Christianity is central to British identity, but its marginalisation has created a moral vacuum which radical Islam threatens to fill
The rapid fragmentation of society, the emergence of isolated communities with only tenuous links to their wider context, and the impact of home-grown terrorism have all led even hard-bitten, pragmatist politicians to ask questions about “Britishness”: what is at the core of British identity; how can it be reclaimed, passed on and owned by more and more people?
The answers to these questions cannot be only in terms of the “thin” values, such as respect, tolerance and good behaviour, which are usually served up by those scratching around for something to say. In fact, the answer can only be given after rigorous investigation into the history of nationhood and of the institutions, laws, customs and values which have arisen to sustain and to enhance it. In this connection, as with the rest of Europe, it cannot be gainsaid that the very idea of a unified people under God living in a “golden chain” of social harmony has everything to do with the arrival and flourishing of Christianity in these parts. It is impossible to imagine how else a rabble of mutually hostile tribes, fiefdoms and kingdoms could have become a nation conscious of its identity and able to make an impact on the world. In England, particularly, this consciousness goes back a long way and is reflected, for example, in a national network of care for the poor that was locally based in the parishes and was already in place in the 16th century.
In some ways, I am the least qualified to write about such matters. There have been, and are today, many eminent people in public and academic life who have a far greater claim to reflect on these issues than I have. Perhaps my only justification for even venturing into this field is to be found in Kipling when he wrote, “What should they know of England who only England know?” It may be, then, that to understand the precise relationship of the Christian faith to the public life of this nation, a perspective is helpful which is both rooted in the life of this country and able to look at it from the outside.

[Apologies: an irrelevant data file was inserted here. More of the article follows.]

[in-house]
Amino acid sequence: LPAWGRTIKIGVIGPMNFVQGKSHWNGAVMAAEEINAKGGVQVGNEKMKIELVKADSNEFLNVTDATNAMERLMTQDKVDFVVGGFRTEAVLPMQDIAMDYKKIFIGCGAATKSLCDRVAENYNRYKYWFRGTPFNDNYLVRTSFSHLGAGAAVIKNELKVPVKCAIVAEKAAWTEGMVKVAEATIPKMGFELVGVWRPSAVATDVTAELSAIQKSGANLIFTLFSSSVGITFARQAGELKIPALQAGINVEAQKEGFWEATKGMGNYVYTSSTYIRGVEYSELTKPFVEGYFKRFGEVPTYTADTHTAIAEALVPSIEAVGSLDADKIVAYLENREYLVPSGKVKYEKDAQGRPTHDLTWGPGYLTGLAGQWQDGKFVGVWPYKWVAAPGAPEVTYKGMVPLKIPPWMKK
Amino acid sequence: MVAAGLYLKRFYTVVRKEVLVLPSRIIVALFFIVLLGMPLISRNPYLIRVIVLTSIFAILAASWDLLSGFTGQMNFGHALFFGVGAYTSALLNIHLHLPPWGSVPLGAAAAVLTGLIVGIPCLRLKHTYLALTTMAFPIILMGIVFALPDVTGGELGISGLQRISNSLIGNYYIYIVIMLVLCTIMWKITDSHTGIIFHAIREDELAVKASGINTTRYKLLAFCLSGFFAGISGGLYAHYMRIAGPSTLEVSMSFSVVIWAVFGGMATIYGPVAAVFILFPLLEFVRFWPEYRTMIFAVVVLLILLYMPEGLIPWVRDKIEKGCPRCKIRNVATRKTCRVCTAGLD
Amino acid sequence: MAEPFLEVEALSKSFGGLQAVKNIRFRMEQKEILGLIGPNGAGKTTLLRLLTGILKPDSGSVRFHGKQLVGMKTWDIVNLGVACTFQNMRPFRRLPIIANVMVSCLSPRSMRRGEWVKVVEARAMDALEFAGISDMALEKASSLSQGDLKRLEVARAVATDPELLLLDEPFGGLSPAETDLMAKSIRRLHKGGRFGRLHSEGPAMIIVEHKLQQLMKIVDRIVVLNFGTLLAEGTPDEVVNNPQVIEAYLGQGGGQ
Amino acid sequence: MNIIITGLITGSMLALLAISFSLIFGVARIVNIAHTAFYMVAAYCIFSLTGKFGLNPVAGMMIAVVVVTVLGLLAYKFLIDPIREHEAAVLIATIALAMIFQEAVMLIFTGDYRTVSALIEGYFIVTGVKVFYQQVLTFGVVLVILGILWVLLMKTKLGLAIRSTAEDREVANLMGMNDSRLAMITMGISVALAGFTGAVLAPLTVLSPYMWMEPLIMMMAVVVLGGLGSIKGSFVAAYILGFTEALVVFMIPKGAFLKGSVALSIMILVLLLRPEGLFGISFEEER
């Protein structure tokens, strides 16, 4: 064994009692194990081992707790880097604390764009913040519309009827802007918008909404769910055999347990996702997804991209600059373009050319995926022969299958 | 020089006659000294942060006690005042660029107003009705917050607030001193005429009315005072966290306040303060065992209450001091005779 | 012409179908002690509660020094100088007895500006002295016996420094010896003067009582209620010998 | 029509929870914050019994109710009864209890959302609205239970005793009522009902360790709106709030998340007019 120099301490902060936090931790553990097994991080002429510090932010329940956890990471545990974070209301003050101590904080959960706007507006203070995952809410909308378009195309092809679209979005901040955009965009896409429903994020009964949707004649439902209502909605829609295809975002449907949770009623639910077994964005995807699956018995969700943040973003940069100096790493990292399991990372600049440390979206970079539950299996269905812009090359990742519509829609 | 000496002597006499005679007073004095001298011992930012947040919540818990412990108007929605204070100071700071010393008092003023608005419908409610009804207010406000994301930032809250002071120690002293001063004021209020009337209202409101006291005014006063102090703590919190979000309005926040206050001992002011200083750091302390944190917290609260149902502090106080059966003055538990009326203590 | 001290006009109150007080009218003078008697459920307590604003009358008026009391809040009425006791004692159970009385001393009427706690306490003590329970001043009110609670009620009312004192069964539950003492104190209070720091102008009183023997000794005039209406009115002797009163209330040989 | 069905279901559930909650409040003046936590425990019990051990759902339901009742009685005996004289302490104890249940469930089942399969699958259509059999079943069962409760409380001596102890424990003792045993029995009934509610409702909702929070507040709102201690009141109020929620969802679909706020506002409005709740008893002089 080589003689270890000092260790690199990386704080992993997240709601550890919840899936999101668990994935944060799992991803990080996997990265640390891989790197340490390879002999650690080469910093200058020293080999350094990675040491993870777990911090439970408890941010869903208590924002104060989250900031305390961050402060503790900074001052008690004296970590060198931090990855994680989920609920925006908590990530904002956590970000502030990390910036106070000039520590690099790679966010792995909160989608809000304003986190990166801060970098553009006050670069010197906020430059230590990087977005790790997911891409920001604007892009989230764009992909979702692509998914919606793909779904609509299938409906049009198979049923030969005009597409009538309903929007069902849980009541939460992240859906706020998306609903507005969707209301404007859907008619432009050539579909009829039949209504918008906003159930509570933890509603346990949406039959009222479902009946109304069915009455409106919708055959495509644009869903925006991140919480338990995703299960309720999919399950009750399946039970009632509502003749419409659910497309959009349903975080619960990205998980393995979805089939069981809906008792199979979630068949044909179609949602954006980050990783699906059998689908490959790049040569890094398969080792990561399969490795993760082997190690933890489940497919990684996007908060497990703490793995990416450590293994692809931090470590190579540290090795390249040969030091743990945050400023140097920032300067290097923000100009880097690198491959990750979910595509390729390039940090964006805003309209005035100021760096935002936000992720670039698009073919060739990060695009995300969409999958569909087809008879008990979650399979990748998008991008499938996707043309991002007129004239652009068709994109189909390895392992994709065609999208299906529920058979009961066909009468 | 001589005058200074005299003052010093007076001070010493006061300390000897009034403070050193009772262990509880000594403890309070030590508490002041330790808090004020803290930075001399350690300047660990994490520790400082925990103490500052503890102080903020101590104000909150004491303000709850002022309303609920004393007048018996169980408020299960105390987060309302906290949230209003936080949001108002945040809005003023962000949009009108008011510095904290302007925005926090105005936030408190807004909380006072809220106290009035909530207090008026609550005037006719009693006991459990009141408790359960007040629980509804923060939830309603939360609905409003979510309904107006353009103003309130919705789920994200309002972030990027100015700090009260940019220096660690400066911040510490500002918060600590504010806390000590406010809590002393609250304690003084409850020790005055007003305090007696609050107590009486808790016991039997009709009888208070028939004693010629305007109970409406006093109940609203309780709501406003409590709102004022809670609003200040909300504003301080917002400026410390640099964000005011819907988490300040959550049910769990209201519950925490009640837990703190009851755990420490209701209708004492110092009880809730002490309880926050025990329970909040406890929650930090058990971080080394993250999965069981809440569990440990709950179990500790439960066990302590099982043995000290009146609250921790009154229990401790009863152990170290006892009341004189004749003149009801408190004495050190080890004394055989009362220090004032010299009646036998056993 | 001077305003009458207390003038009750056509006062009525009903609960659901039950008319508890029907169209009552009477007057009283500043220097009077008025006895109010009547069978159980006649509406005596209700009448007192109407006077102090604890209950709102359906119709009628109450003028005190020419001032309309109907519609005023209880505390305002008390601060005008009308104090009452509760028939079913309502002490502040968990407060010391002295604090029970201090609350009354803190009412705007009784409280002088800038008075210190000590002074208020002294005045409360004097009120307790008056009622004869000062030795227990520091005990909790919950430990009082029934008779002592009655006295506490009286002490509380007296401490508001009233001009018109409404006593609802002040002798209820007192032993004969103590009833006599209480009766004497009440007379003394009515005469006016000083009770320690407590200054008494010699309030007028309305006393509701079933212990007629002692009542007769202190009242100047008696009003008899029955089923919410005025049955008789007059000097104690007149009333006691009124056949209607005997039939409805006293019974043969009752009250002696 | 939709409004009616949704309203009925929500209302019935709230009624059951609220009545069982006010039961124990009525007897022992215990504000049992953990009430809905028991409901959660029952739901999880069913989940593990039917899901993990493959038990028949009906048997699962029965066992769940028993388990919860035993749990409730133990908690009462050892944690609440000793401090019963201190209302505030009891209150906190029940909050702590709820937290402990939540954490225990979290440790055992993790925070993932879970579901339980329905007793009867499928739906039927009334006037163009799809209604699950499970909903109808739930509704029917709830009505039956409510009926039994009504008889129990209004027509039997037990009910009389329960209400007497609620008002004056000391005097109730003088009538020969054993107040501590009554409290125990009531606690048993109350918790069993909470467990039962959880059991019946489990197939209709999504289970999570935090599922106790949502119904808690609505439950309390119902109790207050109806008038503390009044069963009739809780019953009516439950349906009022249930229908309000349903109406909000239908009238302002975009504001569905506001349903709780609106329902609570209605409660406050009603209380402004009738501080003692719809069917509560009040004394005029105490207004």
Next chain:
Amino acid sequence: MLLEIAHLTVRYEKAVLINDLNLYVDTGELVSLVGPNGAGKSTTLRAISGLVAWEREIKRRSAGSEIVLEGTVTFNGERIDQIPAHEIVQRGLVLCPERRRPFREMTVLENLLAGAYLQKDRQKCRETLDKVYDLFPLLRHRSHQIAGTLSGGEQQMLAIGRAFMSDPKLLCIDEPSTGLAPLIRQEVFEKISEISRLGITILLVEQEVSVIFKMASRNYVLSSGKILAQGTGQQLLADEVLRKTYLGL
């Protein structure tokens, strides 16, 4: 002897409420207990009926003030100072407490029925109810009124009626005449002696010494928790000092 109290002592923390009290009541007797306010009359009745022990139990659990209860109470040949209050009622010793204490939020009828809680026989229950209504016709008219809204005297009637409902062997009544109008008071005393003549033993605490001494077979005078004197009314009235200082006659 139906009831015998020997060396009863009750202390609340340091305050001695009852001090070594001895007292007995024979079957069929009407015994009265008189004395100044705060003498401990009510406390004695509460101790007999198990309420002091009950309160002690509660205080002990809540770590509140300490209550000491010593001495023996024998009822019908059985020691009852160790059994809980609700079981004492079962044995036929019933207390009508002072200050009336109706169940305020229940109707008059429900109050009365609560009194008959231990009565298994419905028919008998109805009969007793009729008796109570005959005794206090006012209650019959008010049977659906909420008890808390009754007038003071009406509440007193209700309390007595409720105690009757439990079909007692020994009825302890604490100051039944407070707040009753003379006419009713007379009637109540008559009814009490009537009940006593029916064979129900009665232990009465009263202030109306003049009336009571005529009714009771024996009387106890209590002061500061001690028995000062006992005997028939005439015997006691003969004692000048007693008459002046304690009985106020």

As I survey the field, what do I see? I find, first of all, “a descending theme” in terms of Christian influence. That is to say, I find that the systems of governance, of the rule of law, of the assumption of trust in common life all find their inspiration in Scripture; for example, in the Pauline doctrine of the godly magistrate and, ultimately, in the Christian doctrine of God the Holy Trinity, where you have both an ordered relationship and a mutuality of love. As Joan O’Donovan has pointed out, the notion of God’s right, or God’s justice, produced a network of divine, human and natural law which was the basis of a just ordering of society and also of a mutual sense of obligation “one towards another”, as we say at Prayers for the Parliament. Such a descending theme of influence continues to permeate society, but is especially focused in constitutional arrangements, such as the “Queen in Parliament under God”, the Queen’s Speech (which always ends with a prayer for Almighty God to bless the counsels of the assembled Parliament), daily prayers in Parliament, the presence of bishops in the House of Lords, the national flag, the national anthem — the list could go on. None of this should be seen as “icing on the cake” or as interesting and tourist-friendly vestigial elements left over from the Middle Ages. They have the purpose of weaving the awareness of God into the body politic of the nation.
In addition to this “descending theme”, there is also what we might call the “ascending theme”, which comes up from below to animate debate and policy-making in the institutions of state. Much of this has to do with our estimate of the human person and how that affects the business of making law and of governance. Such an estimate goes right back to the rediscovery of Aristotle by Europe — a rediscovery, incidentally, made possible by the work of largely Christian translators in the Islamic world. These translators made Aristotle, and much else besides, available to the Muslims, who used it, commented upon it and passed it on to Western Europe. One of the features of the rediscovery was a further appreciation of the human person as agent by Christian thinkers such as St Thomas Aquinas. They were driven to read the Bible in the light of Aristotle and this had several results which remain important for us today.